Hollywood Animal
Joe Eszterhas
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Buy *Hollywood Animal: A Memoir* online

Hollywood Animal: A Memoir
Joe Eszterhas
752 pages
March 2005
rated 3 1/2 of 5 possible stars

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When someone says the words "Joe Eszterhas," one of two images likely pops to mind: Sharon Stone uncrossing her legs in Basic Instinct, and Elizabeth Berkley pole-dancing in Showgirls. But Eszterhas, who wrote both of those films and many others, is about so much more than women in various states of undress.

The ultimate popcorn movie scribe, Eszterhas was also at one time one of the most powerful screenwriters in Hollywood, with massive hits like Flashdance, Basic Instinct and The Jagged Edge to his credit. Of course, no one can score every time, and Eszterhas' resume also includes the failure Jade and well as the massive bomb-turned-cult artifact that is Showgirls.

In his book, Eszterhas discusses his movies and his life, starting with his childhood in Hungarian refugee camps to his Hollywood battles. And whether or not you agree with Eszterhas' choices or like his movies, you've got to give it to the guy: he doesn't hold back. He's seemingly frank about his role in the dissolution of his first marriage, his drinking, his carousing, his jealousies and his failings. Though he's quick to point out when a director or studio or someone else "ruined" one of his films, you tend to believe him, as he is also quick to point out good ideas by same (the famous moment in the uncrossed legs scene in Basic Instinct, he confirms, was not in his script).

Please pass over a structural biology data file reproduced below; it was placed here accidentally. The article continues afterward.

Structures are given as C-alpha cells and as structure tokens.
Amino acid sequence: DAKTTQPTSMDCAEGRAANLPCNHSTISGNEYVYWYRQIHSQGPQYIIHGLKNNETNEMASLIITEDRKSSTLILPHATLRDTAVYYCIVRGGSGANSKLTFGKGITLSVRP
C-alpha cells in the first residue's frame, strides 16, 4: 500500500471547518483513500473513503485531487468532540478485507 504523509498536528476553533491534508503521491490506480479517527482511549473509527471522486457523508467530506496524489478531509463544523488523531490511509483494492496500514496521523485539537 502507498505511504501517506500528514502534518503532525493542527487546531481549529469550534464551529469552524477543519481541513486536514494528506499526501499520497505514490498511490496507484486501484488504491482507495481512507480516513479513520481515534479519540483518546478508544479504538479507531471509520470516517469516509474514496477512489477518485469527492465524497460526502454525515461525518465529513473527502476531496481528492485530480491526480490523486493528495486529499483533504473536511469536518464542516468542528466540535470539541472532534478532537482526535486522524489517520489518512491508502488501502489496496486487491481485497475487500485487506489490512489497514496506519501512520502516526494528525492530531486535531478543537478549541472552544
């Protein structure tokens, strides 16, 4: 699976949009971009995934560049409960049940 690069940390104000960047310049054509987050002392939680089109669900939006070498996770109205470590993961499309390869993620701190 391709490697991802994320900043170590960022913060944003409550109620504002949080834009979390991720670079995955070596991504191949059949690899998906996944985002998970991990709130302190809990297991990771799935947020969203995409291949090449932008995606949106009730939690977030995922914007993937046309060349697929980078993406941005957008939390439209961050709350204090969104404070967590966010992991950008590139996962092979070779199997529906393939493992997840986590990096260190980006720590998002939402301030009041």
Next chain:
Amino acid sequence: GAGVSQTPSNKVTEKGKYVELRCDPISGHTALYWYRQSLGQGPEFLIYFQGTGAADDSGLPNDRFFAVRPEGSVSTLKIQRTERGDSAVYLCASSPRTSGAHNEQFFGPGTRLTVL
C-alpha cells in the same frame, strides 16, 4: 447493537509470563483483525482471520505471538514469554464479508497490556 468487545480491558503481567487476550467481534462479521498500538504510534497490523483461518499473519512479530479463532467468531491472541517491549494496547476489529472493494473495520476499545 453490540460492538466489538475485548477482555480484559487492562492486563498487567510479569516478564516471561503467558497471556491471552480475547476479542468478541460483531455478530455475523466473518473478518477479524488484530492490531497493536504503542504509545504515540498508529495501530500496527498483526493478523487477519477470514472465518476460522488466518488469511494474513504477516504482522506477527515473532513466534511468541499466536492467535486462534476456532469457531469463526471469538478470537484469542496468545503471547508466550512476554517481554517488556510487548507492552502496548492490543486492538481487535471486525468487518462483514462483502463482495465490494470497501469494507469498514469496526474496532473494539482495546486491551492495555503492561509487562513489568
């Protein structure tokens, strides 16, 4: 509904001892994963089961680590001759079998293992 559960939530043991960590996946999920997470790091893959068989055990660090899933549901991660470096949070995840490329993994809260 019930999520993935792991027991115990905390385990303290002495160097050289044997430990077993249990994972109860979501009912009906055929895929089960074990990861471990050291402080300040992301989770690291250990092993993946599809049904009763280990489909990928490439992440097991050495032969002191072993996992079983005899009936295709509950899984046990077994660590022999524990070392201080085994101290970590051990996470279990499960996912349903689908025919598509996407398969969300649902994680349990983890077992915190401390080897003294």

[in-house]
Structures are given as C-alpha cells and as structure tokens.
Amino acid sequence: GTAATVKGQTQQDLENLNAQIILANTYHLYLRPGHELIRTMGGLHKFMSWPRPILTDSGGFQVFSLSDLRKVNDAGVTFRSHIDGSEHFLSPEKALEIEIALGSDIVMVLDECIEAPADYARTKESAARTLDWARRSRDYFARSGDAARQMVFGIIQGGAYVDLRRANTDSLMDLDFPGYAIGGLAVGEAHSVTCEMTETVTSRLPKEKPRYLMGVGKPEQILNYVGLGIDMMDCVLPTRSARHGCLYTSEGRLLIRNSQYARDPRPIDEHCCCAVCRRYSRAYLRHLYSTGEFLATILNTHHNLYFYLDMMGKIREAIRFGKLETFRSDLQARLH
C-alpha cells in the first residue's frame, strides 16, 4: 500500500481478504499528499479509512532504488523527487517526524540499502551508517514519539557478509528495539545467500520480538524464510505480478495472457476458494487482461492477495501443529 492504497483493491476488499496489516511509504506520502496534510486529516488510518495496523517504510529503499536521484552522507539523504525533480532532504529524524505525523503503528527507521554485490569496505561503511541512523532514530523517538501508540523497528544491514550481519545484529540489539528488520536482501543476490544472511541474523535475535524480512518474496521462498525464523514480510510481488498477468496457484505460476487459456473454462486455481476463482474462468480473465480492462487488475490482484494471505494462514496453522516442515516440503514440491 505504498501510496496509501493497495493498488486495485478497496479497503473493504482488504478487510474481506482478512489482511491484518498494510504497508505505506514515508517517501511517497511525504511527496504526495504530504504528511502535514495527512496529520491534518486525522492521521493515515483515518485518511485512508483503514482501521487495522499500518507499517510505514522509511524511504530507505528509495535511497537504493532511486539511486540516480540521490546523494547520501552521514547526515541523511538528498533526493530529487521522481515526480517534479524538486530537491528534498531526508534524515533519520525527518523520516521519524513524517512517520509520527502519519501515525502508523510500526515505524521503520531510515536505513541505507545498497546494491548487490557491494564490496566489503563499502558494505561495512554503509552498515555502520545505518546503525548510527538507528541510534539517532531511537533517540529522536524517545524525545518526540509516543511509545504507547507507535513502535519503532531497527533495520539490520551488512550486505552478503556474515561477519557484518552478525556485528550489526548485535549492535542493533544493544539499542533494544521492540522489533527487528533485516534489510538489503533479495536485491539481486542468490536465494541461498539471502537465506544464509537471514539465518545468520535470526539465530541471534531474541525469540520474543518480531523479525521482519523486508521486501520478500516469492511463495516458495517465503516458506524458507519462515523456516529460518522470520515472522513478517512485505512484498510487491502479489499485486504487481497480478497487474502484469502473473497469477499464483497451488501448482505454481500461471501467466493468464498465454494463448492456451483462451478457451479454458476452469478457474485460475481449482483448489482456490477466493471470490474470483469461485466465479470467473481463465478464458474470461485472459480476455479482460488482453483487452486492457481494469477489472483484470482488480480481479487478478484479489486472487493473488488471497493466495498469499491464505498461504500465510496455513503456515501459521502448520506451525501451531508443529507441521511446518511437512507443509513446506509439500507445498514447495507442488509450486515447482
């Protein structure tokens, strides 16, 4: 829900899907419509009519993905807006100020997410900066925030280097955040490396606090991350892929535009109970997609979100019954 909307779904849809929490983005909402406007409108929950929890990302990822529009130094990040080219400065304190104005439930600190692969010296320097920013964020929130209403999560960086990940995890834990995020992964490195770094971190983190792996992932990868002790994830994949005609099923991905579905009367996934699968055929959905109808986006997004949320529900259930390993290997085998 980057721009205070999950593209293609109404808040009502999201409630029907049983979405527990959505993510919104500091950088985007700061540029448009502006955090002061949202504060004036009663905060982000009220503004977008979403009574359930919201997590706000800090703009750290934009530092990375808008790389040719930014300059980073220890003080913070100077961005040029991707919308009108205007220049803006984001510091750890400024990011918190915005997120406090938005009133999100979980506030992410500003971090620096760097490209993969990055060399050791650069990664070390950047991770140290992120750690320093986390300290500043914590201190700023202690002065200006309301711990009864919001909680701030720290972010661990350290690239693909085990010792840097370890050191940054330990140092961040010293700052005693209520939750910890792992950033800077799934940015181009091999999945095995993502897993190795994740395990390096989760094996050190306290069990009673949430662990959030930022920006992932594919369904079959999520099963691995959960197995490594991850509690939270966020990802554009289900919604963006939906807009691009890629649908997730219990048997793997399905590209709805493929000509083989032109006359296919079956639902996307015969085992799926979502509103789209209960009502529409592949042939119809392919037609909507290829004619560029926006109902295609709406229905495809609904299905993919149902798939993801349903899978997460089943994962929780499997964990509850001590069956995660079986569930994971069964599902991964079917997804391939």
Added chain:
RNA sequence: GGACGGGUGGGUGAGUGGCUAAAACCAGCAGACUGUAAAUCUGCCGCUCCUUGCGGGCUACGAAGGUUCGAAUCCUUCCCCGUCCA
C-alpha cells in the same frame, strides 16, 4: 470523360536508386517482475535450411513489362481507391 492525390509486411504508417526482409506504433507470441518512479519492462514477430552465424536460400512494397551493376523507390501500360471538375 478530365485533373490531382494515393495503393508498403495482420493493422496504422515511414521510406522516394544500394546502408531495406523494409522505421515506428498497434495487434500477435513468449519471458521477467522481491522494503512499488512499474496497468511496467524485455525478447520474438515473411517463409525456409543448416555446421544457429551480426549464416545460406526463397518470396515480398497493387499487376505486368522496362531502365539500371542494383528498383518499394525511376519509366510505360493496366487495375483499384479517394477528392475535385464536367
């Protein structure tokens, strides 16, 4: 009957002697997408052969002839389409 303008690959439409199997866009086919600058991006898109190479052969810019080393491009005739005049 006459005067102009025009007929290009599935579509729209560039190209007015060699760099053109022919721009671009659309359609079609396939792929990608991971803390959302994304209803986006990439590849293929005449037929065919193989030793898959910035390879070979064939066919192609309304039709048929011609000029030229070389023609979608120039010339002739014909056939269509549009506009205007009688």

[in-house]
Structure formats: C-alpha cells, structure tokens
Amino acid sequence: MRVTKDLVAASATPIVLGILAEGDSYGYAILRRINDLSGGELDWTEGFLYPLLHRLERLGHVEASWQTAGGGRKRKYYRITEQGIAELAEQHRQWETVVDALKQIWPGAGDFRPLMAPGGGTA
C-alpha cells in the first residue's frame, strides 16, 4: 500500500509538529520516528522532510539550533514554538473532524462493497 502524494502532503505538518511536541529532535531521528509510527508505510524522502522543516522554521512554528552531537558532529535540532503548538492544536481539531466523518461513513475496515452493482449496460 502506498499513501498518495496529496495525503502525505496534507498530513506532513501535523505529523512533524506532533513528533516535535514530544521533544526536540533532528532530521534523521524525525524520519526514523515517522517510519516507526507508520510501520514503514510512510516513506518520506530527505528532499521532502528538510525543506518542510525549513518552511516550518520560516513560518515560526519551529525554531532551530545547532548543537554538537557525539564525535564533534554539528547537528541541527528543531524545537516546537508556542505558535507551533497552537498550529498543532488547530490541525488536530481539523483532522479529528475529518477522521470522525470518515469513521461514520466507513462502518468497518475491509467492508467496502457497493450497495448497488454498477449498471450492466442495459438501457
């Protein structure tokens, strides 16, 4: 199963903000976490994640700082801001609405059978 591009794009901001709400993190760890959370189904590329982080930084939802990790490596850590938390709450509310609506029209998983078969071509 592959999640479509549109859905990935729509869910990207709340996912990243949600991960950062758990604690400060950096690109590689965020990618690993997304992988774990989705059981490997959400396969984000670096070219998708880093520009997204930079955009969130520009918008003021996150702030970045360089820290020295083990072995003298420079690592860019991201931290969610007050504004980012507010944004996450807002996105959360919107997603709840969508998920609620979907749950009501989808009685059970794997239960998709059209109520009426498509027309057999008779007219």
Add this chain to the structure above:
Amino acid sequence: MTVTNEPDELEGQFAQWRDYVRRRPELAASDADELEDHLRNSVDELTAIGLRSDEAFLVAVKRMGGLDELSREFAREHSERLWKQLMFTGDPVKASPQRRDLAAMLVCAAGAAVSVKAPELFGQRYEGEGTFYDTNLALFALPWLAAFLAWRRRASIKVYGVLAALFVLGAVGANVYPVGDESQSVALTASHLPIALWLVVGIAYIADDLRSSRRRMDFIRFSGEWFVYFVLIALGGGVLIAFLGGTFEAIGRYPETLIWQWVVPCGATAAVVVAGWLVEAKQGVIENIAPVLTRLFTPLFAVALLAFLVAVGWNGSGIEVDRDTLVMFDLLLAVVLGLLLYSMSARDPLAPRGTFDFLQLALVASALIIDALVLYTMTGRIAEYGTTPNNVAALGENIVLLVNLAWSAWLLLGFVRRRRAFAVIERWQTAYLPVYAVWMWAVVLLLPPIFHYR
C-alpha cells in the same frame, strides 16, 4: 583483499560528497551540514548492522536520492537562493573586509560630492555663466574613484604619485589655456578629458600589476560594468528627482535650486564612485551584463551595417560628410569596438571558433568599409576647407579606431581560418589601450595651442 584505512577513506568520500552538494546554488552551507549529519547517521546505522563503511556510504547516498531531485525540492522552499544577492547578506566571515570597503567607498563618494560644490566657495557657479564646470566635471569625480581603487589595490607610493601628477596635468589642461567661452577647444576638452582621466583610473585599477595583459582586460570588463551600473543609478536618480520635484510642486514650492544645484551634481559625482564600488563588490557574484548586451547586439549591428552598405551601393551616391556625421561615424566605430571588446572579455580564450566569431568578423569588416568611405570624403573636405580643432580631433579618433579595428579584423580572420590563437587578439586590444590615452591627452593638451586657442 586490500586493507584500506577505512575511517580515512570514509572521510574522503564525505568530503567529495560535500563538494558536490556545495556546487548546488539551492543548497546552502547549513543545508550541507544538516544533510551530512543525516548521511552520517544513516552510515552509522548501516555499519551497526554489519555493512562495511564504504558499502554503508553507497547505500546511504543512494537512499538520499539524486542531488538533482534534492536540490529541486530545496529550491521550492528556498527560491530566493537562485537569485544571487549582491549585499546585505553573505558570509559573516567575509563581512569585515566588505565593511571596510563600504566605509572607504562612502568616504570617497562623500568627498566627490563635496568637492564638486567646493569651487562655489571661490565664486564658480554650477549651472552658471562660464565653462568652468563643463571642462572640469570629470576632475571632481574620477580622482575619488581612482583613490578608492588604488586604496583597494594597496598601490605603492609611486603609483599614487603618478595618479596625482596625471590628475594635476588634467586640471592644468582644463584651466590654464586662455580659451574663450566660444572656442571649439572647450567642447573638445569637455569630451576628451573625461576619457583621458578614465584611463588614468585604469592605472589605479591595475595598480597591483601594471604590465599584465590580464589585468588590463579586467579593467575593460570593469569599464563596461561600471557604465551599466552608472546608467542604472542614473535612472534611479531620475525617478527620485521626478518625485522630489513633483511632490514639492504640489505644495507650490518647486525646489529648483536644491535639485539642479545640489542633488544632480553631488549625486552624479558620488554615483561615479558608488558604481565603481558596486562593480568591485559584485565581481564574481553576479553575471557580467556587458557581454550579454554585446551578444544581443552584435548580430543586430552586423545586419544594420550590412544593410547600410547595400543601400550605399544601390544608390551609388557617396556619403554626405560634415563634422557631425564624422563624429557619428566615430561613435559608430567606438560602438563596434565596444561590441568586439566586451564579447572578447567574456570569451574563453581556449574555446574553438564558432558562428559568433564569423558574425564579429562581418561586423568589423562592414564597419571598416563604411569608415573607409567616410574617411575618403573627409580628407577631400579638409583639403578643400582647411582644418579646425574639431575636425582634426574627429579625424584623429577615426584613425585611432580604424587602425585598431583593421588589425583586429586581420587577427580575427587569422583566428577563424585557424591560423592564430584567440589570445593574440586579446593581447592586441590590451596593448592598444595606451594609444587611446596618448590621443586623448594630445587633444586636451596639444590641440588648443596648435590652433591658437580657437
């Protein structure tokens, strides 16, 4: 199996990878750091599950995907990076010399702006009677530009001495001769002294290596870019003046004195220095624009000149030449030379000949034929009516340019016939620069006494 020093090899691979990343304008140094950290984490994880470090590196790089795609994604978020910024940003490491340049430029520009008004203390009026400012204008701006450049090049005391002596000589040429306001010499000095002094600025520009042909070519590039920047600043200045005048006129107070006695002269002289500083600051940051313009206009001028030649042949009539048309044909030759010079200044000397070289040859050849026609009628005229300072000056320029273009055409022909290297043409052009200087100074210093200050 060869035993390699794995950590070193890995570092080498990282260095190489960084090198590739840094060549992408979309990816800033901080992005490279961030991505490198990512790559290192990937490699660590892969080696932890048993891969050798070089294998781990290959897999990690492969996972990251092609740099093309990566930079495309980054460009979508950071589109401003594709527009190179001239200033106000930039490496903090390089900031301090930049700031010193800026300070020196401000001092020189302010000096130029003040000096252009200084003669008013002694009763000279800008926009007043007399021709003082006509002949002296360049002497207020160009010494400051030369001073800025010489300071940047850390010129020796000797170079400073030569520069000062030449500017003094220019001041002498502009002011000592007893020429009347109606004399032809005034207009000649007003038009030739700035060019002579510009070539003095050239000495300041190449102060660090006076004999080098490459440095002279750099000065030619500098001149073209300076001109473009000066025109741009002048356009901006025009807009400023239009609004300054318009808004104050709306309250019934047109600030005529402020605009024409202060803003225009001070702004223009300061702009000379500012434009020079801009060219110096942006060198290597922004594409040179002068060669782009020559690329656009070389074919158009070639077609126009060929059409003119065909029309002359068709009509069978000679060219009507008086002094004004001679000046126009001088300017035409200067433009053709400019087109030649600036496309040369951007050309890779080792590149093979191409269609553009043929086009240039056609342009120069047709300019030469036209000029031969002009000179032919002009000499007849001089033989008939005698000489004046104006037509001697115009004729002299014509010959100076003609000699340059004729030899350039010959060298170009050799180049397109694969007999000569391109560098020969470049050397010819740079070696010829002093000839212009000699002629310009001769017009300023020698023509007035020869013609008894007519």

But beyond Hollywood gossip, Eszterhas' memoir is valuable for his stories about his family, from the mother who succumbed to mental and physical illness to the beloved father who nurtured and encouraged him throughout his childhood. Perhaps the book's most shocking revelation has little to do with screenwriting, but is rather about a secret, kept by Eszterhas' father for decades, that eerily mirrors the plot of Eszterhas' thriller Music Box.

Hollywood Animal is a fascinating portrait of a major Hollywood figure, warts and all. Though you don't always agree with Eszterhas, you often find yourself admiring his frankness and his guts. Love him or hate him, he's a true original.

© 2004 by Amanda Cuda for curledup.com

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